Local Rotarians participate in one of a many community service projecst.
What started with Paul Harris and a small group of businessmen one hundred years ago has now officially begun its second century. It's known around the world today as Rotary International, but known better by local Rotarians as fun. Some 25 years ago Fred Chambers, a retired American Airline pilot and long time Rotarian, decided to retire in Soldotna. There were no Rotary clubs on the Kenai Peninsula, so Chambers had to fly to Anchorage to attend meetings. The downtown Anchorage Rotary Club challenged Chambers to start a club in Kenai/Soldotna and with the help of 20 some local businessmen the first Rotary club on the Peninsula was chartered in the spring of 1979 with Chambers as the Club's first president. The philanthropic concept of service above self and weekly luncheon meetings to keep abreast of community happenings became so popular that within a few years the original Kenai/Soldotna Club that met in Soldotna was able to split and sponsor another Rotary Club in Kenai. As both clubs continued to grow, the Soldotna Rotary Club sponsored a Homer club and a few years later a Seward Rotary club. Today there are four Rotary clubs on the Kenai Peninsula with over 200 members.
A few years ago the Soldotna Rotary Club modified there scholarship criteria to focus on community service, "Rotary is all about service above self in the local community and around world. If the student has been accepted to a school of higher education they obviously have met their grade point requirements for acceptance, but we want to help students that have practiced community service during their high school years, so that's our Club's criteria for the five $1,000 scholarships that we will be awarding this year with the proceeds from our Rotary Rose sale," said Soldotna Rotary president Barbra Elson.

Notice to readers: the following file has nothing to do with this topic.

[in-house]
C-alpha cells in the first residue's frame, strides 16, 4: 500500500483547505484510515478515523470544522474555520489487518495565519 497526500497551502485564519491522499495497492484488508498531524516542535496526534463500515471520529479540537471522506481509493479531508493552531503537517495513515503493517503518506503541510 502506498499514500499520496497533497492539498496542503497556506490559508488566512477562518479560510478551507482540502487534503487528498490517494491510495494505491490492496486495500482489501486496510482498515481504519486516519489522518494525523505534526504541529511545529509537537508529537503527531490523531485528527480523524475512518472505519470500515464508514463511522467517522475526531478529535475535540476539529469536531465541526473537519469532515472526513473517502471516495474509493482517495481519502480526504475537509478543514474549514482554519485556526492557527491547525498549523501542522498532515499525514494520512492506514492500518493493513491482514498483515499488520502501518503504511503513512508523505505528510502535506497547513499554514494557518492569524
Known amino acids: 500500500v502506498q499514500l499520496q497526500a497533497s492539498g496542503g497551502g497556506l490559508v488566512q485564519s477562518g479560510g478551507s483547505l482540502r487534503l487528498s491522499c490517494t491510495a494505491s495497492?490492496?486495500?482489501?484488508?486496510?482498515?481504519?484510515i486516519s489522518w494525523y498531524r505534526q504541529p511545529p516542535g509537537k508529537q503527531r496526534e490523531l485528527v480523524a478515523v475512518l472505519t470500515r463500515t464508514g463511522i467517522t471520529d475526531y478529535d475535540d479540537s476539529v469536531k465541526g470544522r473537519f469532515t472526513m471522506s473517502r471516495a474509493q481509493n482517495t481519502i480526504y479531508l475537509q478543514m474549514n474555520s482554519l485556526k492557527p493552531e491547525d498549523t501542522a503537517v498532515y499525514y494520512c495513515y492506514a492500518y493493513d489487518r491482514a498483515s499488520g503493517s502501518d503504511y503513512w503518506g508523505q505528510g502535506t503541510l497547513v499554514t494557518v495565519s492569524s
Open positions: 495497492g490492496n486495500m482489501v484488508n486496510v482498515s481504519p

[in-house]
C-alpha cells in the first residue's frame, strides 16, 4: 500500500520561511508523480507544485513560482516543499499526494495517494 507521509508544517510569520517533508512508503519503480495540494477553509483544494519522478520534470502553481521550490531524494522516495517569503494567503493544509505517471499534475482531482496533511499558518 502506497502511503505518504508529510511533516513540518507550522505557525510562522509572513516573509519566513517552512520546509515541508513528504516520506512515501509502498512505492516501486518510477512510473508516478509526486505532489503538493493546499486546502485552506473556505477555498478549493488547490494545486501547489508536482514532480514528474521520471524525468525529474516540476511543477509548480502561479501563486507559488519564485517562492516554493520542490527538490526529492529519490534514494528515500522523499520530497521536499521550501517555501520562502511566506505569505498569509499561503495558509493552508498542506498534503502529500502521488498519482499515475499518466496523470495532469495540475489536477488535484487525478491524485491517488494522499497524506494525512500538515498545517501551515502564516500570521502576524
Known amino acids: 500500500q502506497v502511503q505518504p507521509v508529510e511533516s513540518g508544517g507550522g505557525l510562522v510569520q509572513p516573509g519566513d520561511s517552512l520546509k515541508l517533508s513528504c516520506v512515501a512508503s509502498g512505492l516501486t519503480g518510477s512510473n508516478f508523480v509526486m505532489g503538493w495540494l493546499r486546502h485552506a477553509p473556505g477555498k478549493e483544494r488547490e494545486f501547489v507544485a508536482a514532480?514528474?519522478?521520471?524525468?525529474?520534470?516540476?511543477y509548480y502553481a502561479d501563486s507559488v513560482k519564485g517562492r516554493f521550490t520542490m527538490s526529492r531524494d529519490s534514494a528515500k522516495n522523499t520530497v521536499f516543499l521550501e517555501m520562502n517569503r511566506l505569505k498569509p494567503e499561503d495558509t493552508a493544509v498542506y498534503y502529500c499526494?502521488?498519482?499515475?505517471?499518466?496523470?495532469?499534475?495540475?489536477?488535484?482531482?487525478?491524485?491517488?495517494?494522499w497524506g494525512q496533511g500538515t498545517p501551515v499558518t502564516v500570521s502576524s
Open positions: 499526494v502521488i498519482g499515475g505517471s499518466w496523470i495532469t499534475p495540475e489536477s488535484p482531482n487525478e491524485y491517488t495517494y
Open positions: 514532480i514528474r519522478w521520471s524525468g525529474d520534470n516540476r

With the fall of the Iron Curtain and the demise of the Soviet Union the Soldotna Rotary Club was the first to reach out to the new republic of Russia with teacher and student exchanges and through Rotary International worked to sponsor the first Rotary Club in Magadan, Russia fifteen years ago.
Today there are 35 Russian Rotary clubs in Rotary District 5010 which includes Alaska and Yukon Territory, Canada. For the first time in Rotary's 100 year history, a Russian Rotary District Governor, Vladimir Donskoy, a University professor in Vladivostok, was elected to serve the largest geographical area in all of Rotary International. "The theme of the centennial year is Celebrate Rotary, and the best way to honor Rotary's past, present and future is through effective service and strengthening our fellowship. We will Celebrate Rotary by strengthening our international bonds, including those within our huge international district. Canadians, Russians and Americans are definitely becoming closer and take much interest in what is going on in our respective countries. It is evident if you visit our district web site www.rotary5010.org. PDG Steve Yoshida and his committee have done a lot to reach out and establish neighborly relationships with Thailand, Japan, Russia, and Mexico through friendship exchanges and health fairs," Donskoy wrote in his newsletter.
In Alaska Governor Frank Murkowski issued an official proclamation congratulating Rotarians for their global efforts to eradicate polio from our planet, and the Alaska State Legislature passed a joint resolution proclaiming 2005 Rotary International Year. In his centennial address District Governor Donskoy concluded that in the next century of Rotary, the best and the most fun in service above self is yet to come.
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